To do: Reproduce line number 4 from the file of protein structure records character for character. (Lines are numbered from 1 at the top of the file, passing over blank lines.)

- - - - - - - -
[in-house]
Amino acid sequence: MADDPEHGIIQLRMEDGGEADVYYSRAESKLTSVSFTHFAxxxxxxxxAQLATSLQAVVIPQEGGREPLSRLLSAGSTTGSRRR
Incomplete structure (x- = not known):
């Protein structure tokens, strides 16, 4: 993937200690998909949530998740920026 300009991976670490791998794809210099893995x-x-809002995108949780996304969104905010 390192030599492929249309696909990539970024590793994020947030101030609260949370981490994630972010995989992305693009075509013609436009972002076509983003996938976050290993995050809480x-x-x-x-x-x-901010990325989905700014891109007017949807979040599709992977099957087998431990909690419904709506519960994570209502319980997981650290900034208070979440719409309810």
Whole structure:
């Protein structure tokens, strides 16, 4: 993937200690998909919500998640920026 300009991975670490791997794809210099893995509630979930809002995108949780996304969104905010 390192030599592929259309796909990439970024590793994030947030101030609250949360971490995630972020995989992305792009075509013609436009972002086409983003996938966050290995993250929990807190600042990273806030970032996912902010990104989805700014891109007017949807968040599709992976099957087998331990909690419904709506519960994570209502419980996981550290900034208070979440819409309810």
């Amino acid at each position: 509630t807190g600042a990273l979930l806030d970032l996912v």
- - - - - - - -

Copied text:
């Protein structure tokens, strides 16, 4: 993937200690998909949530998740920026 300009991976670490791998794809210099893995x-x-809002995108949780996304969104905010 390192030599492929249309696909990539970024590793994020947030101030609260949370981490994630972010995989992305693009075509013609436009972002076509983003996938976050290993995050809480x-x-x-x-x-x-901010990325989905700014891109007017949807979040599709992977099957087998431990909690419904709506519960994570209502319980997981650290900034208070979440719409309810």